Irvine, CA (PRWEB) October 09, 2013
Before launching a first-home search, deciding on must-haves and selecting a neighborhood, first-time homebuyers are wise to work with a local mortgage specialist to determine both a maximum monthly payment and a comfortable monthly payment. Both of these hinge on the home's sales price plus other factors, including the buyers' credit history.
"You're delving into what will probably be the largest investment of your life, and you're wise to decide on your house buying budget first," said Keith Reise, sales manager at Intelliloan. "How much home can you afford? The short answer is: it depends."
The monthly home payment for two buyers whose homes both cost $400,000 may vary significantly depending on their financial circumstances. Contributing factors include the buyers' total income, other outstanding loans they already have (their debts), their savings and other assets, how much down payment they can make, and a few other things.
Most lenders allow a 28 to 31 percent "debt-to-income" ratio, meaning that a house payment can be up to 31 percent of gross income. Additionally, they look at total debt-to-income ratio (DTI) including a new house payment plus car payments, any student loans and other debt such as credit cards, and typically allow no more than 36 percent of the borrowers' gross income. The maximum debt-to-income ratio (DTI) may vary, depending on the type of loan chosen by the borrowers.
In other words, mortgage lenders look at income, assets and the amount of down payment available, but they also look at overall credit rating as well as liabilities and obligations, such as child support payments, potential property taxes, insurance premiums and so forth.
"One other factor that can't be overlooked: how much will you FEEL comfortable borrowing?" said Reise. "After all, you want peace of mind that you will be able to make your payments without a big stretch. None of us wants those middle-of-the-night worries as to how we'll make next month's house payment. So your remaining income after debt and taxes should be adequate to cover living expenses and savings goals. It's also wise to have rainy-day cash set aside to cover any large, unexpected home repairs or other financial emergencies."
Reise outlined the common guidelines to help a buyer determine how much they should spend on a new home. Start with monthly gross income (before taxes). Multiply that dollar figure by .36 to determine the maximum monthly debt that should be incurred, including the new mortgage payment. Call this "calculation A." Now multiply that same monthly gross income dollar figure times .28 to determine the maximum monthly mortgage debt that should be incurred. This is "calculation B." Now subtract calculation B from calculation A: does this amount completely cover all other debt incurred monthly?
"When determining how much home buyers can afford, they need to take into account these specific factors," Reise explained. The list includes:
"The Wall Street Journal provides a good online calculator to help determine how much new borrowers can comfortably afford to borrow for their new home," Reise added. "As you're calculating, make sure you include all debts, including any private or family loans. And again, be sure to leave yourself a savings cushion every month, because you'll want to be able to set money aside for those unexpected house or car repairs, medical needs or other unforeseen needs, in addition to building up your long term savings."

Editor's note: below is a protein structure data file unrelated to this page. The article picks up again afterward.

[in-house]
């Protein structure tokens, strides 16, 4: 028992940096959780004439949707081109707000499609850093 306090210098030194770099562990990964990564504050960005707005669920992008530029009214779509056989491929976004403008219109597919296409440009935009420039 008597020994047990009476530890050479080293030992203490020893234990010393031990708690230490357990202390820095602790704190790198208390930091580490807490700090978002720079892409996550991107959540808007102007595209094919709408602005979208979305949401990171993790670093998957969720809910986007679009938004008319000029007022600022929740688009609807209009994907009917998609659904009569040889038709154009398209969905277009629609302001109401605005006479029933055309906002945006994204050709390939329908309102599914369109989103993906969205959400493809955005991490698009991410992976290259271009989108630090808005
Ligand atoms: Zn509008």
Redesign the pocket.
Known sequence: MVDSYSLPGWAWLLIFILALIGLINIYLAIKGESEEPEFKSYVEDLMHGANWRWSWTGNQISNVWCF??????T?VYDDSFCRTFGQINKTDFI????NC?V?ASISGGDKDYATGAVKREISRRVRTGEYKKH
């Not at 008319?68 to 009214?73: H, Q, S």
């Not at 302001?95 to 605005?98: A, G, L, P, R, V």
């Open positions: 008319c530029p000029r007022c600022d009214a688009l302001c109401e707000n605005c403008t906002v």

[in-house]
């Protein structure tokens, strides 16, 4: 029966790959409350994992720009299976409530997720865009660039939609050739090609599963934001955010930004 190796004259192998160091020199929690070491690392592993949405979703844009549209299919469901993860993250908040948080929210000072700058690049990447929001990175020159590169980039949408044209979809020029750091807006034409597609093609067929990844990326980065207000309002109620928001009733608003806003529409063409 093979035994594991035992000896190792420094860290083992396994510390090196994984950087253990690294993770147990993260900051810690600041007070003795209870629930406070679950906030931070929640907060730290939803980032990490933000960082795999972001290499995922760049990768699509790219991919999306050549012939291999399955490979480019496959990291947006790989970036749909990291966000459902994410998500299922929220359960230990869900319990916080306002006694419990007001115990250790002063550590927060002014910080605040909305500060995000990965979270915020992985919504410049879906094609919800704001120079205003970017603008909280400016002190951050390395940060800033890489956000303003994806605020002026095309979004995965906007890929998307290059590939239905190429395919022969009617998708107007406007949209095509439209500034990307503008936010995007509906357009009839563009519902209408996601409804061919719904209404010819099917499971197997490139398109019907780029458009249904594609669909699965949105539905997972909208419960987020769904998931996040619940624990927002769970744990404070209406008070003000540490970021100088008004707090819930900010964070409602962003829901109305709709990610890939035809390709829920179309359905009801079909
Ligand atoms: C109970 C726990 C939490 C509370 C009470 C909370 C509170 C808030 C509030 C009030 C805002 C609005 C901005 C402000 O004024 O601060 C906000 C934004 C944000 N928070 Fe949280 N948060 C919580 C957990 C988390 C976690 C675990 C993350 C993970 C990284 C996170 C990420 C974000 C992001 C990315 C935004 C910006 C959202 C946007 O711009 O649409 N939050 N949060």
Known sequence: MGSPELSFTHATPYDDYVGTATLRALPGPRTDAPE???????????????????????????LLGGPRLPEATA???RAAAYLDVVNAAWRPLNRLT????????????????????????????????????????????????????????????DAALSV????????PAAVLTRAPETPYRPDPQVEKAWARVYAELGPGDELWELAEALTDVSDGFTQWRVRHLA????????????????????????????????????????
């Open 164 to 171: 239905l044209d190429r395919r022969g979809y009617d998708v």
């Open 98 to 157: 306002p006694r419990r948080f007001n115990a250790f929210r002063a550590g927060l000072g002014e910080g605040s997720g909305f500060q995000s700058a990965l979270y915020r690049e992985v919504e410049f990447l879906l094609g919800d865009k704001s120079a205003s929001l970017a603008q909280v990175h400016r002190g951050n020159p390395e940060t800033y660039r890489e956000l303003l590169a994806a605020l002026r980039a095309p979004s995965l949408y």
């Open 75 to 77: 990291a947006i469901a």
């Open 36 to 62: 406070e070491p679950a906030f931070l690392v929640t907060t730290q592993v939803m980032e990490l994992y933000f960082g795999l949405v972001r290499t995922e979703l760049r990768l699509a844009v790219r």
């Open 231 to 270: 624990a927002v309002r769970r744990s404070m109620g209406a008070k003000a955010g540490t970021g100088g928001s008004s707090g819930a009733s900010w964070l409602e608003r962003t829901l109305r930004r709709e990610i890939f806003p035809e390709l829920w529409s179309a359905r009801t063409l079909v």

Metropolitan Home Mortgage, Inc. DBA Intelliloan™ is a direct mortgage lender based in Irvine, California and was established in 1993. Intelliloan™ is approved by HUD, FHA and FNMA, and is licensed in 18 states. Intelliloan is an Equal Housing Lender and has been a member of the Better Business Bureau since 1999 and has an A+ rating. NMLS #3290.
For more information, go to http://www.intelliloan.com or call 877-263-8499.
Metropolitan Home Mortgage, Inc. DBA Intelliloan™ is a California corporation headquartered at 4 Park Plaza, Suite 800, Irvine, California 92614 and is licensed or registered or exempt from licensing to conduct business in the following states: Arizona Mortgage Banker license #0907461; licensed by the California Department of Business Oversight under the California Residential Mortgage Lenders Act, license number 4130924 and 6036970; Colorado Department of Regulatory Agencies, Division of Real Estate NMLS#3290; Connecticut Mortgage Lender License #ML-3290; District of Columbia #MLB3290; Florida Mortgage Lender Servicer License #MLD423; Illinois Residential Mortgage license #MB.6759473; Maryland Mortgage Lender License #06-20616; Massachusetts Mortgage Broker/Lender License #MC3290; Michigan 1ST Mortgage Broker/Lender License #FL0015148 and Michigan 2nd Mortgage Broker/Lender License #SR0015343; Minnesota Residential Mortgage Originator License #MN-MO-40019736; Nevada Mortgage Broker License #3759; New Jersey Residential Mortgage Lender License -- NMLS#3290; Oregon Mortgage Lending Branch License #ML-3692; Pennsylvania Mortgage Lender License #40659; South Carolina Mortgage Lender/Servicer License #MLS – 3290; Virginia Broker/Lender License #MC-5718; Washington Consumer Loan Company License #CL-3290. NMLS#3290. All rights reserved. © 2013.
•Regulated by the Illinois Department of Financial and Professional Regulation, Division of Banking, 320 W. Washington Street, Springfield, IL. 62786, 217-782-3000.
•Not all branches are licensed in every state; please contact your local office to determine eligibility.